Surviving & Thriving on Aromatase Inhibitors: My Story
By Marianne A.
I became a breast cancer survivor in January of 2021. Surgery was behind me, I was taking an aromatase inhibitor (AI), and I had my final radiation treatment. I was full of joy when I rang the bell to signal the end of my active treatment! Finally, I could breathe again, after months of tremendous mental strength and courage. Though I was physically fatigued from radiation, I was ready to focus on building my stamina and my overall health – body, mind, and spirit.
I was experiencing some slight joint pain in my hands, which I assumed was from the AI. I thought, “I’ve handled everything else; I can handle this too.” However, what I didn’t expect was the downward spiral of my mental and emotional health. I felt sad. I couldn’t concentrate. I wasn’t sleeping. I felt lost. This was not at all how I thought a breast cancer survivor was supposed to feel. This post-treatment “low” was surprising and troubling. I thought, “I survived breast cancer. Shouldn’t I feel elated? What is wrong with me?”
When I shared my concerns with my oncologist, she reassured me that my feelings were normal and quite common among cancer survivors. She explained that trauma from a cancer journey is very real. Then she suggested I contact the Breast Cancer Coalition for support.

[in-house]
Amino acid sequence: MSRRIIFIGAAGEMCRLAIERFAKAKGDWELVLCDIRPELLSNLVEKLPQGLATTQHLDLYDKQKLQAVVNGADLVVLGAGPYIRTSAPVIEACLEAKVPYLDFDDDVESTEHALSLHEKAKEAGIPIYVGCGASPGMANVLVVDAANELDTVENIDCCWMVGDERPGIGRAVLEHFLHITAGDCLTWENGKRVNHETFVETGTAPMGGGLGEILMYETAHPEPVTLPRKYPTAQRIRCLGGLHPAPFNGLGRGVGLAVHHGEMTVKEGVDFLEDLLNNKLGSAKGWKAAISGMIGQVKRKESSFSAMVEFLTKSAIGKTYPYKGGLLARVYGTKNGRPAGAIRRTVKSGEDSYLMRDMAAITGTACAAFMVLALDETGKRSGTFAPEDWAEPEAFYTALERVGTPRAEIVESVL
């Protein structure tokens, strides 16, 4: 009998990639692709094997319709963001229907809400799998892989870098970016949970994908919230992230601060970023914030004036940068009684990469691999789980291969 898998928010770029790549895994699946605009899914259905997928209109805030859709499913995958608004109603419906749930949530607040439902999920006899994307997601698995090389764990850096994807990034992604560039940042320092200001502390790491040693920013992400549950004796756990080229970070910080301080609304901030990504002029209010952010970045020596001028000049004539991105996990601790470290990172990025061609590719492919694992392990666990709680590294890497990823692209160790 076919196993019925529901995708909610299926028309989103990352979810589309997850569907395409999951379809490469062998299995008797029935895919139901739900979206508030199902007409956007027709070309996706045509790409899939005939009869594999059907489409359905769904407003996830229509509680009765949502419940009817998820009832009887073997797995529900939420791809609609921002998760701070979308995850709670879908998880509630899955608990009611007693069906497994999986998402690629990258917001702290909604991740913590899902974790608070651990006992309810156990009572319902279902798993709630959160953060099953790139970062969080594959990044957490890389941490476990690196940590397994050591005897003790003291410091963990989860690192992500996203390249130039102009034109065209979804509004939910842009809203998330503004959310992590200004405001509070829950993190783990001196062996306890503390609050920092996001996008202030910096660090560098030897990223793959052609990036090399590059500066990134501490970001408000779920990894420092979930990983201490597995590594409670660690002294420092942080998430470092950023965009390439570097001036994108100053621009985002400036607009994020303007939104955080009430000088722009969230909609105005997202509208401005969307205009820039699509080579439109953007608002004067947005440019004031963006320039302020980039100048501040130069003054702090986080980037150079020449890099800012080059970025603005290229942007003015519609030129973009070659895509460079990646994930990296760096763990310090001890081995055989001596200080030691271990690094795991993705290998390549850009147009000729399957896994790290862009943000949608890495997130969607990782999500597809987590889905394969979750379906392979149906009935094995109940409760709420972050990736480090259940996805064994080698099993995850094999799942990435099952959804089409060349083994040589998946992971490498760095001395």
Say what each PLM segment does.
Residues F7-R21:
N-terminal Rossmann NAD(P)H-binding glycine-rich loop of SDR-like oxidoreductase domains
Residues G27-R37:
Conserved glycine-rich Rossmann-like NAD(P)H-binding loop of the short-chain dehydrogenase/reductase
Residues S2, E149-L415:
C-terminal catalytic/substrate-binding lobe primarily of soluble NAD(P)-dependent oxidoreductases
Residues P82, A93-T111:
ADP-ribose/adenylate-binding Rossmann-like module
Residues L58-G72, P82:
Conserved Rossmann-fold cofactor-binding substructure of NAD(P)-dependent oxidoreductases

That one suggestion was a game-changer for me in many ways. At my BC101 session, Holly validated my concerns and I was soon connected to a supportive PALS mentor. I was encouraged to participate in the Surviving & Thriving on Aromatase Inhibitors series of four classes. The facilitators of this program are amazing. I learned the importance of movement, mindfulness, and nutrition to offset the joint pain and other potential AI side effects in a supportive “sisterhood” environment. It was inspiring to meet other survivors and draw strength from their journeys, advice, and support. I felt validated and empowered. I learned that my AI side effects were manageable, that my emotions were real and okay, and that mental health is just as important as physical health for survivorship. Throughout the program, I began to reflect and consider how I want to live life as a survivor.
Months after finishing the program, I am happy to say that my healthy habits are still going strong. I’m exercising regularly, eating better, monitoring my side effects of the AI, and choosing happiness as I “shed the negative” in my life. I am in a much better place physically, mentally and emotionally.